Man laundered criminal proceeds from sale of S$34,000 Rolex watch using cryptocurrency and is jailed

SINGAPORE: A man was cheated out of S$34,000 by someone posing as an employee of a reputable cryptocurrency company.

The victim had transferred the sum to a bank account, hoping to obtain cryptocurrency in return.

Instead, he never got the cryptocurrency. The S$34,000 was used to purchase a Rolex Daytona watch, and a series of men were involved in covering up the crime by reselling the watch and converting it into cash or cryptocurrency to avoid suspicion.

Elroy Low Zi Quan, 22, agreed to participate in this venture. After getting his hands on S$28,000 of the illegal proceeds, he used S$25,000 to buy cryptocurrency and evade detection. He also spent an additional S$3,000 on his own expenses.

Low was sentenced to 21 weeks in prison on Thursday February 10 for his involvement. He pleaded guilty to one count of converting proceeds of crime, with another charge being considered.

The court heard that an individual known only as K deceived a 31-year-old man by posing as an employee of a well-known cryptocurrency company.

The victim transferred 34,000 Singapore dollars to a bank account in exchange for a cryptocurrency he never received. Instead, K used the cash as payment for a Rolex Daytona watch.

On April 11, 2021, K messaged Low on the Telegram messaging app. He asked Low to collect the watch on his behalf, offering to pay him S$5,000.

Low agreed and contacted another man to retrieve the watch on his behalf. More men were roped in and the watch was collected from a shop in Somerset Road and delivered to Low the same day.

The next day, Low texted K on Telegram and asked how he got the watch. K admitted that he tricked someone into transferring S$34,000 to the watch store’s bank account in exchange for cryptocurrency.

K asked Low to sell the watch, offering him an additional S$5,000 to do so. Tempted by the money offered, Low accepted.

To avoid getting caught, Low got a new number and used it to contact different watch shops, asking how much they would pay for the Rolex Daytona.

He decided to sell it to a store at 1 Maritime Square for S$31,000. He again contacted another man to help him sell the watch. This man asked a second man, who asked a third man to do the deed.

Eventually, the watch was sold at the store for S$31,000. However, Low claims he only received S$28,000, with the remaining S$3,000 having been paid for the help of one of the men.

Low did not deposit the S$28,000 immediately into his bank account, as he knew direct depositing such a large sum of money was easily traceable and could raise suspicion.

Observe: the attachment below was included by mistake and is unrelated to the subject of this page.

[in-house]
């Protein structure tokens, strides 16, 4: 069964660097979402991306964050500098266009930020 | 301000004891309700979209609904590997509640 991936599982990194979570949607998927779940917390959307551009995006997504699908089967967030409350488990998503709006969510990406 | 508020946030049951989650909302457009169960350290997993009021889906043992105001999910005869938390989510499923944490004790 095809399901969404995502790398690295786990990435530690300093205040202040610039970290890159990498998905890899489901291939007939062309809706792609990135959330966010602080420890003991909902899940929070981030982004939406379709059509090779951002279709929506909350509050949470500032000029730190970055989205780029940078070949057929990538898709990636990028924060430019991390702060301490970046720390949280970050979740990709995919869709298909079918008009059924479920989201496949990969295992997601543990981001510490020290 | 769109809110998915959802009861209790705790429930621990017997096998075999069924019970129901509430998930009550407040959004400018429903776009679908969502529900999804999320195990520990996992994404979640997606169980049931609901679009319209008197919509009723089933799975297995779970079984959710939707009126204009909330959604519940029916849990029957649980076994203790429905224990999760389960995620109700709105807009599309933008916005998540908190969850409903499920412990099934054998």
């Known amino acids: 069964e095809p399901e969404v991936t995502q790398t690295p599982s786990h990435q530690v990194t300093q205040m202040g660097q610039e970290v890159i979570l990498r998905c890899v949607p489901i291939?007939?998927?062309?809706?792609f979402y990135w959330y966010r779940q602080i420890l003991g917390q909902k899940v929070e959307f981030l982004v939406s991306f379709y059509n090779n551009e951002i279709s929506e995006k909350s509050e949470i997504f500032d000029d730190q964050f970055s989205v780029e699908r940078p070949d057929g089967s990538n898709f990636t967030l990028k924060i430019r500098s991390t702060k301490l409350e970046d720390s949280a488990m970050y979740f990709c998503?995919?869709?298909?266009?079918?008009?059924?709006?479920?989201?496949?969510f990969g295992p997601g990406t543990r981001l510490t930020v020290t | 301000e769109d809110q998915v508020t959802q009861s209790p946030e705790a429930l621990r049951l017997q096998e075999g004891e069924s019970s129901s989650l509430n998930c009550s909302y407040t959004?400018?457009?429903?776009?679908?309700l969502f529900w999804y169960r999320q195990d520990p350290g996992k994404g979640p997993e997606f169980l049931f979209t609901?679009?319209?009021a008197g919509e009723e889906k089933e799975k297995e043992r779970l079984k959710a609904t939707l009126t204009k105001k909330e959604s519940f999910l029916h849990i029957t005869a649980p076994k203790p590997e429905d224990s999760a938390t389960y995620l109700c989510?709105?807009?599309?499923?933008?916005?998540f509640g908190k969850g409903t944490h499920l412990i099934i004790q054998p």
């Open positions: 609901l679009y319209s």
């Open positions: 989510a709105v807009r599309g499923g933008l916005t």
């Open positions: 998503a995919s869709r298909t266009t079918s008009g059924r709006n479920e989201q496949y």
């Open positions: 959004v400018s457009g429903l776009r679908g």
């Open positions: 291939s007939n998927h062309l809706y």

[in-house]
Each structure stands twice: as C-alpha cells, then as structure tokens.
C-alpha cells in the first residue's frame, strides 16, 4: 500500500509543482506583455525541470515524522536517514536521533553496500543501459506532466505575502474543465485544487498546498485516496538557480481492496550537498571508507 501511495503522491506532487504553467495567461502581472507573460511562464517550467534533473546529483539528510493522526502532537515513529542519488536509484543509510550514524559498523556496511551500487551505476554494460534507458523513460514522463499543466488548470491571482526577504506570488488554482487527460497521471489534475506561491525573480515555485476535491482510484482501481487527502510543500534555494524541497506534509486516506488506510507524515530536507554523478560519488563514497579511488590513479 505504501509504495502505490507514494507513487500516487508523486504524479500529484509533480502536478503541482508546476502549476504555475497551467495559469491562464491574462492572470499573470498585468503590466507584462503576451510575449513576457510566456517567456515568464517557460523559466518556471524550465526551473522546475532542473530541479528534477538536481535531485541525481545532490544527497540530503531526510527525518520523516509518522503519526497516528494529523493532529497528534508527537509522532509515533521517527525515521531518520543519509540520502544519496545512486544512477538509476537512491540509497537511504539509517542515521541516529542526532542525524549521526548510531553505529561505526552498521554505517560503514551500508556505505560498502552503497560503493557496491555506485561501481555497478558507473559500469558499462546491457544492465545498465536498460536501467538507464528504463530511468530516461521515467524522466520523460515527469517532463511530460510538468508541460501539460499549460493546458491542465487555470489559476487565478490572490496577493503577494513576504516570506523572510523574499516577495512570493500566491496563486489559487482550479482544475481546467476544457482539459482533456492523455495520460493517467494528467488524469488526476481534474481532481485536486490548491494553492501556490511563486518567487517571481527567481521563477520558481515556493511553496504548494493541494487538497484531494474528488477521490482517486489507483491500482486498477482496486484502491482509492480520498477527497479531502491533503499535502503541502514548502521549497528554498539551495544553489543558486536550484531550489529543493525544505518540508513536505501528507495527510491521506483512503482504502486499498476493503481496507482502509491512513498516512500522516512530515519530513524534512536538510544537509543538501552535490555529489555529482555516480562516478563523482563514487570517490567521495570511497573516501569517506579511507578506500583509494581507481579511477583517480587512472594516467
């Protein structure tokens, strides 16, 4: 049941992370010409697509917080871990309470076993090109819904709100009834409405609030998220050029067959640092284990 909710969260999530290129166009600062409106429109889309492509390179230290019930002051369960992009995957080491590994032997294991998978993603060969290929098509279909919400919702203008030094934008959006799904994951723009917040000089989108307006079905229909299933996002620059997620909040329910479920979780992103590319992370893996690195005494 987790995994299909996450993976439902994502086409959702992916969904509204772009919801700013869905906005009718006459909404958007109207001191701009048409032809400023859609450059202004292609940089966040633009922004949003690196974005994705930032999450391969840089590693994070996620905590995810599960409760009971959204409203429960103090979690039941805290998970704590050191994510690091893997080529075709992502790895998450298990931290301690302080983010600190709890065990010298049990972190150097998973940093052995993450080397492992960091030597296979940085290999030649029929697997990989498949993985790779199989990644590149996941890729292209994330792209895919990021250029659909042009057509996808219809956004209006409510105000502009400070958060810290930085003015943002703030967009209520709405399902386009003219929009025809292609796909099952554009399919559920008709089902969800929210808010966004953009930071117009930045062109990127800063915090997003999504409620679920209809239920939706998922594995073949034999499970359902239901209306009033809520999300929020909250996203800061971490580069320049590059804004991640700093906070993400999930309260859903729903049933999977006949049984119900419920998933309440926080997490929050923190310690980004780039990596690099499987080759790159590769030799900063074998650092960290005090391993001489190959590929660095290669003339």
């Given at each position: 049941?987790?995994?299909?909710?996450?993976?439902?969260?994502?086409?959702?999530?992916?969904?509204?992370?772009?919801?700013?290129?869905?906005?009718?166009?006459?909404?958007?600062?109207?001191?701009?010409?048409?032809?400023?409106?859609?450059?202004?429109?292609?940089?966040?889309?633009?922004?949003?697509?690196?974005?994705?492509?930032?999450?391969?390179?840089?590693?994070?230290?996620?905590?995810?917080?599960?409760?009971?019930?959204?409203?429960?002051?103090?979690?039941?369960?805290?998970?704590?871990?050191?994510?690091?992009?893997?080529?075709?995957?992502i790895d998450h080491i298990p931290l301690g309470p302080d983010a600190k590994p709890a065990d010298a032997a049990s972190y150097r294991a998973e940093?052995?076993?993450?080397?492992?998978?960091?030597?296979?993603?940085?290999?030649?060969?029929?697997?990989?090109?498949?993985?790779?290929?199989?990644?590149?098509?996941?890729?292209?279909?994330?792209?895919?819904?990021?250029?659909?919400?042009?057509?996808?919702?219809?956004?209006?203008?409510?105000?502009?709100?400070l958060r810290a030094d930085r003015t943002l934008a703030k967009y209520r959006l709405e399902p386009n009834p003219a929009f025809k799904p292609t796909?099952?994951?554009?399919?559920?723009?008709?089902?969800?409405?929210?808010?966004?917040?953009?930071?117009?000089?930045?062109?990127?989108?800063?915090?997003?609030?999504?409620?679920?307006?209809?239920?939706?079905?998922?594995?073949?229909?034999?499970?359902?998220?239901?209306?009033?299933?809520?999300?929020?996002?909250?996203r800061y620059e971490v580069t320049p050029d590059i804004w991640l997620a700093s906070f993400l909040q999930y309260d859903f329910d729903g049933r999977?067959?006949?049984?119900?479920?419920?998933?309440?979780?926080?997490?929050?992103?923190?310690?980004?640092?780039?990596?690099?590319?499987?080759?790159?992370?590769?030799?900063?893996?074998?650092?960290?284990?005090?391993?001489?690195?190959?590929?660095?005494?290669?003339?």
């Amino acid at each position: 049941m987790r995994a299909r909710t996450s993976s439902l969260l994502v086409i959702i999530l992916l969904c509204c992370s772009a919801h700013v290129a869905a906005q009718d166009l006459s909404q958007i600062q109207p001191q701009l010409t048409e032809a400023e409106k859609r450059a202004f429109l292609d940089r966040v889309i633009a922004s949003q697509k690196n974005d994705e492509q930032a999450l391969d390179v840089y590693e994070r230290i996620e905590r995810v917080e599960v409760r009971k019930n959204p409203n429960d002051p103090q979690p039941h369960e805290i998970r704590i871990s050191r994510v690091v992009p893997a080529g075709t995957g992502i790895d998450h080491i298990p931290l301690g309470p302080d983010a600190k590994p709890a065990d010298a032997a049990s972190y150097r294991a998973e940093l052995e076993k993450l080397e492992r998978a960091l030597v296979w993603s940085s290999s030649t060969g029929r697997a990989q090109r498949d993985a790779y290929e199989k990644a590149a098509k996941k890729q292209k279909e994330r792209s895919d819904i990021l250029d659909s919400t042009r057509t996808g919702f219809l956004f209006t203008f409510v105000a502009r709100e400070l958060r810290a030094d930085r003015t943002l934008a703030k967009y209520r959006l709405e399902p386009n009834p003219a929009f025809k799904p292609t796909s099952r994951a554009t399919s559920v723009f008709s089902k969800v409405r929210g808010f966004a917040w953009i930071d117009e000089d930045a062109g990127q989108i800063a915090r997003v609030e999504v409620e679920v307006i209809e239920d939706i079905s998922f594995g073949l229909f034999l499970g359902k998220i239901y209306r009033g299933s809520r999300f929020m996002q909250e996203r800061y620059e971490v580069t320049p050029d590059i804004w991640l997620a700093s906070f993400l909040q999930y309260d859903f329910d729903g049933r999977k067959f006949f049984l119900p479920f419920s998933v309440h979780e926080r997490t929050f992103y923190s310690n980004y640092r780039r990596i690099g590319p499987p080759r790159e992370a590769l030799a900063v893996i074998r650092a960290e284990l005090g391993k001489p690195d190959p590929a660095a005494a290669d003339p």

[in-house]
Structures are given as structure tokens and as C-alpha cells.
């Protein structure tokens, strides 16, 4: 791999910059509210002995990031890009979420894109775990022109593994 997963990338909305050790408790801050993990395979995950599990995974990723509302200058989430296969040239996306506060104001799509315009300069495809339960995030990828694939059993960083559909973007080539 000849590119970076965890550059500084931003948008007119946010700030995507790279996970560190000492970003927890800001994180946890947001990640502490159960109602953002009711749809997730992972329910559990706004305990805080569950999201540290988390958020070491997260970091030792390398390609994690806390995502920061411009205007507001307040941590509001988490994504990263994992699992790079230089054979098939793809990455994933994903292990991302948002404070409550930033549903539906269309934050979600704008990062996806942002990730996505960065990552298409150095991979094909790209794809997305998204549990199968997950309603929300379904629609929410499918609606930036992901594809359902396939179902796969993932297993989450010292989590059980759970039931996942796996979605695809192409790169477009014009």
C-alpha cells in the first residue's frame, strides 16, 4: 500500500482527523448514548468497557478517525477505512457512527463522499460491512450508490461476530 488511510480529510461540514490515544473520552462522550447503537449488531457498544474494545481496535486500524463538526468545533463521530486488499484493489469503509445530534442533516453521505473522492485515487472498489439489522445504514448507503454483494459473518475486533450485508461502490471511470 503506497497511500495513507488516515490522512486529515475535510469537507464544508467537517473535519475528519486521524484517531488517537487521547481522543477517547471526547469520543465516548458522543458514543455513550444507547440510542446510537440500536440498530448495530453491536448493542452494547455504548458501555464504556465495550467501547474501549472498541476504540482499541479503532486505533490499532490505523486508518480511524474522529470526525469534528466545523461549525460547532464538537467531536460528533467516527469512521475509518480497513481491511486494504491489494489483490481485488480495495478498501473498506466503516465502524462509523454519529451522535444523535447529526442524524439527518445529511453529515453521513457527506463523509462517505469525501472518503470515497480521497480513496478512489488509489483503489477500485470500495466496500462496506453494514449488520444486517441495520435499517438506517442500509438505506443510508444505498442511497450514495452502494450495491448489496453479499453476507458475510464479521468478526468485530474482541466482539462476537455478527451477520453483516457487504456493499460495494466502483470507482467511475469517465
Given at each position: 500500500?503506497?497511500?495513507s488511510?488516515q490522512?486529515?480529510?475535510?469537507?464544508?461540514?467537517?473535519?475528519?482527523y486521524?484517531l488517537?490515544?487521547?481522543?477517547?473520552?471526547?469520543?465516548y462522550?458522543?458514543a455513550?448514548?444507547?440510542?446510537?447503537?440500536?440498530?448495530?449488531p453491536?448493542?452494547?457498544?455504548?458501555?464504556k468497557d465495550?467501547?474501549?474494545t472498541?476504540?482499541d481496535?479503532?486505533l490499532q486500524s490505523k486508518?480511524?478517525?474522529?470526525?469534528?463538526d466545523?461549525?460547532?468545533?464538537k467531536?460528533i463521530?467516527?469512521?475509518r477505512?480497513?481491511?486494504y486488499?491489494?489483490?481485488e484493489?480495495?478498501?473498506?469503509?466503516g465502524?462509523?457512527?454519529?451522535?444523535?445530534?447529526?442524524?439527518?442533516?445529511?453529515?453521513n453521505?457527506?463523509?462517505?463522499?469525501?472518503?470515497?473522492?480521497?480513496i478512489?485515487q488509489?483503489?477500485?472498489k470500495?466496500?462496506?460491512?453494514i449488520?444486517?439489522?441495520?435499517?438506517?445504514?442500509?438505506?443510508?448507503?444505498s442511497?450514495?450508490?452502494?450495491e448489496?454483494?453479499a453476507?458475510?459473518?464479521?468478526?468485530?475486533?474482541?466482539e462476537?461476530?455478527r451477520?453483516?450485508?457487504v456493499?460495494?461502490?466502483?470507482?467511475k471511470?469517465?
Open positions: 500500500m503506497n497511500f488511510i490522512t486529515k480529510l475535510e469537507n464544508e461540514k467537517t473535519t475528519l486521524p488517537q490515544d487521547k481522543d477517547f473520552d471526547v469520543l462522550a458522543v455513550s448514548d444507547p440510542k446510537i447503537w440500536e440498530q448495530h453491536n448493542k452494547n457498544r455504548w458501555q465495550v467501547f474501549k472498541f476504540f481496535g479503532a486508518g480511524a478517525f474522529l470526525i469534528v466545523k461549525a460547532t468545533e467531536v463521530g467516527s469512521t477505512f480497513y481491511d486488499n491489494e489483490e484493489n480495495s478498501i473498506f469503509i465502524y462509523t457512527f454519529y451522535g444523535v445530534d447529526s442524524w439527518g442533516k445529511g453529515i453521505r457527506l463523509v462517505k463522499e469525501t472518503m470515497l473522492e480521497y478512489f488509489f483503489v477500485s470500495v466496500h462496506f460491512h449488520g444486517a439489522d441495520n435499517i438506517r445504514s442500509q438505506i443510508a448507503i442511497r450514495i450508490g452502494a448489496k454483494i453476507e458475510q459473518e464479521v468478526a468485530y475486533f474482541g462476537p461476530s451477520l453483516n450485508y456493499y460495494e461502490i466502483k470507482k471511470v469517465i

Instead, he met an unidentified person later that day and used S$25,000 in cash to buy cryptocurrency from him. Low spent the remaining S$3,000 on personal expenses.

A few days later, Low sold some of the cryptocurrency he had purchased for S$3,500. He transferred 3,000 Singapore dollars to a bank account as instructed by K.

On April 15, 2021, Low sold the remaining cryptocurrency he had purchased for S$21,800. He transferred S$18,000 to various bank accounts as instructed by K and kept the remaining S$4,300.

The prosecutor asked for between six and eight months in prison for Low, saying that money laundering offenses are serious because they allow the proceeds generated by serious crimes to be passed on to perpetrators, thereby facilitating those crimes.

“They are easily committed, for example, simply by asking these offenders to agree to receive funds in their bank accounts and then transfer them to others,” he said.

“However, these simple actions play a crucial role in the criminal enterprise in that they allow the perpetrators of the underlying crimes to hide and ultimately enjoy the fruits of their crimes.”

He noted that the entire sum of S$34,000 had been dissipated, with unknown criminals fleeing with S$21,000 and no restitution was made to the victim.

Low also had a “considerable level of premeditation”, outsourcing the collection and sale of the watch to others and obtaining a new cell phone number.

He also added a layer of protection by first converting S$25,000 into cryptocurrency, knowing that a direct deposit would arouse suspicion.

Low was allowed to begin his prison term on March 7.

Floyd N. Morlan